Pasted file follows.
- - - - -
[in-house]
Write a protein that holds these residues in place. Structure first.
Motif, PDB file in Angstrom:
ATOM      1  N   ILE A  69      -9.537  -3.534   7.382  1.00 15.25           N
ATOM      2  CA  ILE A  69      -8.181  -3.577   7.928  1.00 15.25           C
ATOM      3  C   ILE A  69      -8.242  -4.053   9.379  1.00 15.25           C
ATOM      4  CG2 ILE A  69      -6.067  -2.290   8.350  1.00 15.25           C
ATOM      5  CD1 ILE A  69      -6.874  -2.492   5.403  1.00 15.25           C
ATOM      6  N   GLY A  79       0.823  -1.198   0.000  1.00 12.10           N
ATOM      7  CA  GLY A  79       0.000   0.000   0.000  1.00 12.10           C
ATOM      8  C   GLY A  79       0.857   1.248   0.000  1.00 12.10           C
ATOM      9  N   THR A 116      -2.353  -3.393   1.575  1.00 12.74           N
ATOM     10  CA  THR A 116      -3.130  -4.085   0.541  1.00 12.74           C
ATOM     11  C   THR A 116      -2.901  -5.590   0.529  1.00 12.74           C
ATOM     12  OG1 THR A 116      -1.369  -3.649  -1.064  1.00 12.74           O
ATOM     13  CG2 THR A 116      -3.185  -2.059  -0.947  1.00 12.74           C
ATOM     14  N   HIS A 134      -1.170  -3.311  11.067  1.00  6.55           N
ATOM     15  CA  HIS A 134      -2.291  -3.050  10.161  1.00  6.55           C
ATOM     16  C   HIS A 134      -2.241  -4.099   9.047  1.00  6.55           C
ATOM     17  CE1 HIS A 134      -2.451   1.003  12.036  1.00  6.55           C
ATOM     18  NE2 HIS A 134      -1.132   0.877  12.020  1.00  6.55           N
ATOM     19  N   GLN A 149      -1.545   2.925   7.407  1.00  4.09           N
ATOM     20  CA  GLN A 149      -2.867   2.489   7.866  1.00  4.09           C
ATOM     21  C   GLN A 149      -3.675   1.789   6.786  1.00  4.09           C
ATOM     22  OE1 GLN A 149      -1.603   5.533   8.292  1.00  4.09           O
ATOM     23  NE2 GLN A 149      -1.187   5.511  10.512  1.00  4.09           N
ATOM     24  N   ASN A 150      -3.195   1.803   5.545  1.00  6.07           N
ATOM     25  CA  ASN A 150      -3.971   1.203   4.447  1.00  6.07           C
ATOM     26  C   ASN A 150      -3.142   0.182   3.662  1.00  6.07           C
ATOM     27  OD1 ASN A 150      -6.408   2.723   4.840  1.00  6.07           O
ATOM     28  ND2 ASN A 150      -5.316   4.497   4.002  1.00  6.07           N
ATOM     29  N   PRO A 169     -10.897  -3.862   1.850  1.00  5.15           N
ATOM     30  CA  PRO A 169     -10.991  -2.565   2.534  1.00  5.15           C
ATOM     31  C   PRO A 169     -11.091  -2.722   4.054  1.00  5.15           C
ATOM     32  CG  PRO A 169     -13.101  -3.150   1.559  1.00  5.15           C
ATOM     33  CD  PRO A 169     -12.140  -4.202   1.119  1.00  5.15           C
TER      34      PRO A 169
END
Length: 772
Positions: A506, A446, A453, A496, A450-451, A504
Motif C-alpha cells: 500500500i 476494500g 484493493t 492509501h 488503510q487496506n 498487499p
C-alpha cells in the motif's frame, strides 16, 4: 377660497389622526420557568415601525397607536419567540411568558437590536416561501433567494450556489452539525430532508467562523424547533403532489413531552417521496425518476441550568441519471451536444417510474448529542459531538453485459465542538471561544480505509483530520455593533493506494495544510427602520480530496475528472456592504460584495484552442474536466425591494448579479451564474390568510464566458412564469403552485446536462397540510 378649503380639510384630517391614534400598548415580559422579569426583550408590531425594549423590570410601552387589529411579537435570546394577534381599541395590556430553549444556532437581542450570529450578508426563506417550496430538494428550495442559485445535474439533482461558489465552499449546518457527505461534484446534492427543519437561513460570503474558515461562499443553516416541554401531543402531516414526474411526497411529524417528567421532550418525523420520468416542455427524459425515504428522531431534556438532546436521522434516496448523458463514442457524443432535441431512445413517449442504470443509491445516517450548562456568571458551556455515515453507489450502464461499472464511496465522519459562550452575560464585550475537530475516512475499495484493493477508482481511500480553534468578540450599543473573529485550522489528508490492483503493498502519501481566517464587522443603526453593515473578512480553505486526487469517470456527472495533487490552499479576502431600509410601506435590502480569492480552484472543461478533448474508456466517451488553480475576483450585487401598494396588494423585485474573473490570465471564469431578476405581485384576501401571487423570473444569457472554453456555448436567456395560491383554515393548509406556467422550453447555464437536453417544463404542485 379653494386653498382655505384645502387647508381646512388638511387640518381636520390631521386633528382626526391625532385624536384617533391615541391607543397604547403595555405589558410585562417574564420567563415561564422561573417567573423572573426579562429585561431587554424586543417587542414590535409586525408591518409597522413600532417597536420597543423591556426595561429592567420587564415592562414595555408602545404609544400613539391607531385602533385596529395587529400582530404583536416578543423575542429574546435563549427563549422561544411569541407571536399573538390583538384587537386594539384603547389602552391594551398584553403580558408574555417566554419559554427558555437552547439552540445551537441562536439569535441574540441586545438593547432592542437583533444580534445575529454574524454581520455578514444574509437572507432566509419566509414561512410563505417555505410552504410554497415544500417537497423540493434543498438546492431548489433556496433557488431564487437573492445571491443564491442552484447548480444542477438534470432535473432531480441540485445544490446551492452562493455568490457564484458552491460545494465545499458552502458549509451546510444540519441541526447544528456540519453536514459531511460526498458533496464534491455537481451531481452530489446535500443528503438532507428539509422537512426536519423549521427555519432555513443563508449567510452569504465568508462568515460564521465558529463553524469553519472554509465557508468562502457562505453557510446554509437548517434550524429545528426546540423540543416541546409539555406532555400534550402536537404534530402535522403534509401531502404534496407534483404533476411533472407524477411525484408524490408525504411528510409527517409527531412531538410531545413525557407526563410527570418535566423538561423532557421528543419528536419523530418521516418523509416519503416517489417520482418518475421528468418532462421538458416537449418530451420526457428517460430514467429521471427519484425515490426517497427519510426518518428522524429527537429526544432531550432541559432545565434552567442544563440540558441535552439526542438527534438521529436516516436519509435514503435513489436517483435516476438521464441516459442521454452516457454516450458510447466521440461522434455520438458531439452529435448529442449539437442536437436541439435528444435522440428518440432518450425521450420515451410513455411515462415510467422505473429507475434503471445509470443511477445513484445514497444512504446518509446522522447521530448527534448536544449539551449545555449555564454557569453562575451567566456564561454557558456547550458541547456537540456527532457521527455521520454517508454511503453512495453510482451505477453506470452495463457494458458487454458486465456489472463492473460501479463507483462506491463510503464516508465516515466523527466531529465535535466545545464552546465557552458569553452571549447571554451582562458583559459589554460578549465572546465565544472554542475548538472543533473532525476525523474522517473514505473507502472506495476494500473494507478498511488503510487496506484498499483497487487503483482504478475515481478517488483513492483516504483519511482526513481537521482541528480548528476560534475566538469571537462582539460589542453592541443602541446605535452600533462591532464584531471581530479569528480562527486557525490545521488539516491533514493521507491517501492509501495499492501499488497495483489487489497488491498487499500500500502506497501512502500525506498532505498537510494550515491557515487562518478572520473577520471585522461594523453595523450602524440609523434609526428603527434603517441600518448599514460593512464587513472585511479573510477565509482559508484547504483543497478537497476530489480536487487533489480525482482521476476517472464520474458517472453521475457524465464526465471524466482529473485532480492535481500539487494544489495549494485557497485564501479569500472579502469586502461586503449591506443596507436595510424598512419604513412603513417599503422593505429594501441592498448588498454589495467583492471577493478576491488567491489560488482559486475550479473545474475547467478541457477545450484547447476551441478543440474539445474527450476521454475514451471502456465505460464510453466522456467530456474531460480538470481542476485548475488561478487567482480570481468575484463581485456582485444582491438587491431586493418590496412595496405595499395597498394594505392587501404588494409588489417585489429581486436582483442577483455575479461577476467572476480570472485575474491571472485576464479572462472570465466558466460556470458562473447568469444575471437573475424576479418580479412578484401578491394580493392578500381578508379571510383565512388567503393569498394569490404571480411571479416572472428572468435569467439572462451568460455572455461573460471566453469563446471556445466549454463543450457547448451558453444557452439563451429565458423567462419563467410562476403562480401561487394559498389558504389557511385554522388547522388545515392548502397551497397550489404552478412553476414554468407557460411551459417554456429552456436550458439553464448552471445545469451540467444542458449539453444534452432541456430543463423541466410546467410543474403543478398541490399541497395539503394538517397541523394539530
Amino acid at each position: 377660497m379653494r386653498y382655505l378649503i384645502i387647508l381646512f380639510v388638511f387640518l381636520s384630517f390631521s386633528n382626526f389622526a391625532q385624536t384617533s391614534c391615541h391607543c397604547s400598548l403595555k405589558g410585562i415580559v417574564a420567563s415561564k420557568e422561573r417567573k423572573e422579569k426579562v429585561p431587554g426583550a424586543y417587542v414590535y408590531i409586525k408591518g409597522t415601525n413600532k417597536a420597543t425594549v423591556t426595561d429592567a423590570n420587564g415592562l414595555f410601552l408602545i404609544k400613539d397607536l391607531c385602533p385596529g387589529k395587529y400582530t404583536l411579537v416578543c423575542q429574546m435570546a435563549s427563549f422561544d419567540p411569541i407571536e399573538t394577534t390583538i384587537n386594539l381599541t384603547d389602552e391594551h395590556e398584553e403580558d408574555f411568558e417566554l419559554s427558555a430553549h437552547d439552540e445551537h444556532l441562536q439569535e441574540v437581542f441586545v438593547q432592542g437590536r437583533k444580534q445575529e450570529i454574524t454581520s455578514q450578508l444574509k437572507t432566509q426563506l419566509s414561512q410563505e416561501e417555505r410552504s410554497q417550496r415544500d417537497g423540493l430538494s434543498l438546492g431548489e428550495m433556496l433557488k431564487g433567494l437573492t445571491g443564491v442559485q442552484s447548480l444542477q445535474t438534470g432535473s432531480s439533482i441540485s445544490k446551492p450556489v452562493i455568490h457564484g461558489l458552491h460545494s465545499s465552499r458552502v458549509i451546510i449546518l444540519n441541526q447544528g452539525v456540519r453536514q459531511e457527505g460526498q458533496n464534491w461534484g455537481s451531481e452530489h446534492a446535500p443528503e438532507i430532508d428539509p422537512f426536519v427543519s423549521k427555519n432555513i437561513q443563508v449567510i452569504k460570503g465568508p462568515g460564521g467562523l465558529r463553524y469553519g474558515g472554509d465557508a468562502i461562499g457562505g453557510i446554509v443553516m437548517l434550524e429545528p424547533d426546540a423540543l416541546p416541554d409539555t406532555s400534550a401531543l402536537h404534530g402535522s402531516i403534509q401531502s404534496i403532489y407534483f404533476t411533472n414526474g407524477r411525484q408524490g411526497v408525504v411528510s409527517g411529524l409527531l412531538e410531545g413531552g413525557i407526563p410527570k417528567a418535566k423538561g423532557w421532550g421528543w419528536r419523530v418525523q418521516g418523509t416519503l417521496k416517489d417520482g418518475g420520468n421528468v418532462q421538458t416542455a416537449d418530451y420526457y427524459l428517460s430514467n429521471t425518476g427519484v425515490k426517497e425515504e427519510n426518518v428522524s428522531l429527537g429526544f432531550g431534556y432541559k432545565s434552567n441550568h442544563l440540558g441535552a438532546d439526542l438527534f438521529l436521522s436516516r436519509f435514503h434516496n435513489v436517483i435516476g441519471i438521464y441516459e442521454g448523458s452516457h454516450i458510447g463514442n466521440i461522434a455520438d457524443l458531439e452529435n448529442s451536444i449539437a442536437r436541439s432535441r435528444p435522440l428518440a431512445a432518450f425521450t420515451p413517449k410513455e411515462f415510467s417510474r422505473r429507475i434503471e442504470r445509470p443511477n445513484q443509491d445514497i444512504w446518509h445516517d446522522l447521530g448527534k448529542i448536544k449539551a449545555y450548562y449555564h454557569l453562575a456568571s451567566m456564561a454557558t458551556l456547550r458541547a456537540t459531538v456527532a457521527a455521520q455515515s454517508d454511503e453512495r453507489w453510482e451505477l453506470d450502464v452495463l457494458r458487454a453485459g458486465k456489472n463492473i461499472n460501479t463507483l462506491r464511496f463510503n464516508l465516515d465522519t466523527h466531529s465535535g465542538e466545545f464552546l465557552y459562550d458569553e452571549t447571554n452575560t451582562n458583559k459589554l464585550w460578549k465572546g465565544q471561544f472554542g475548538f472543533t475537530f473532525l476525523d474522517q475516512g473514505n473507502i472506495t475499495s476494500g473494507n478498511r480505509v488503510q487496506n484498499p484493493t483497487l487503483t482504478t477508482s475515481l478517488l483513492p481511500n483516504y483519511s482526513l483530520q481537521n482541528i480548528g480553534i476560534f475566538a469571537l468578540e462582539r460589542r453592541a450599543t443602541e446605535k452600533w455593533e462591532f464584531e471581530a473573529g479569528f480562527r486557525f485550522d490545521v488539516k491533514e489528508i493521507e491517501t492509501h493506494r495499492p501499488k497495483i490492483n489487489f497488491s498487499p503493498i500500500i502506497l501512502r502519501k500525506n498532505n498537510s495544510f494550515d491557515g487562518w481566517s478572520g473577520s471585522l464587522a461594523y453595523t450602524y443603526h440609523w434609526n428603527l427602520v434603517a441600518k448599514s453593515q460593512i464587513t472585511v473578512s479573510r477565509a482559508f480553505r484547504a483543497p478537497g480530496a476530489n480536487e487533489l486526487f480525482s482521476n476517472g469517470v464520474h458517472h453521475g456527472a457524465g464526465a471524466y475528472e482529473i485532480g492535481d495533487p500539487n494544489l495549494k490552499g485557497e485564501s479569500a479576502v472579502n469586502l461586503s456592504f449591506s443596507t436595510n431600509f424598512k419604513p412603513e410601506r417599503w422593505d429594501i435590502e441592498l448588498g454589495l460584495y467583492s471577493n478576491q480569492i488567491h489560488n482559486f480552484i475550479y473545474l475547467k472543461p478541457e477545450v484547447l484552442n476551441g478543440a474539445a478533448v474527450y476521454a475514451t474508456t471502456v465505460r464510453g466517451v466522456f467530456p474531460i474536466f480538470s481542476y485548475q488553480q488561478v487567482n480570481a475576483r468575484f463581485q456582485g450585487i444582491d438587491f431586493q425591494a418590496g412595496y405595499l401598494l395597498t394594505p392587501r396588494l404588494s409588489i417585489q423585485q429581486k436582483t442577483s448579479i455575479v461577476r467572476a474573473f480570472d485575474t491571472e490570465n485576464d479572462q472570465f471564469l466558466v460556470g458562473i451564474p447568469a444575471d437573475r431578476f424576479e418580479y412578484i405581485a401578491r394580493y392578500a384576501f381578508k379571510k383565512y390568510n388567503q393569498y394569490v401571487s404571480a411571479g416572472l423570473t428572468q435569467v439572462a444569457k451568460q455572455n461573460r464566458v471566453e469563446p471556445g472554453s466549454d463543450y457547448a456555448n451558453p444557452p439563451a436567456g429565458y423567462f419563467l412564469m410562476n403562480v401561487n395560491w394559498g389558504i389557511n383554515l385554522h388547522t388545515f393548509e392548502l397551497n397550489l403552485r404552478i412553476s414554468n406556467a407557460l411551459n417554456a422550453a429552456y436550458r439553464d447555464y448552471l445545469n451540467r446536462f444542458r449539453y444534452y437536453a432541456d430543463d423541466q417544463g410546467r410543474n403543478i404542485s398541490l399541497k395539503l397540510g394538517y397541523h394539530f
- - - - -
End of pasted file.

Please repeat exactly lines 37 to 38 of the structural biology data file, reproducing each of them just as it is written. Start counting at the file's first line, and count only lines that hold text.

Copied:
TER      34      PRO A 169
END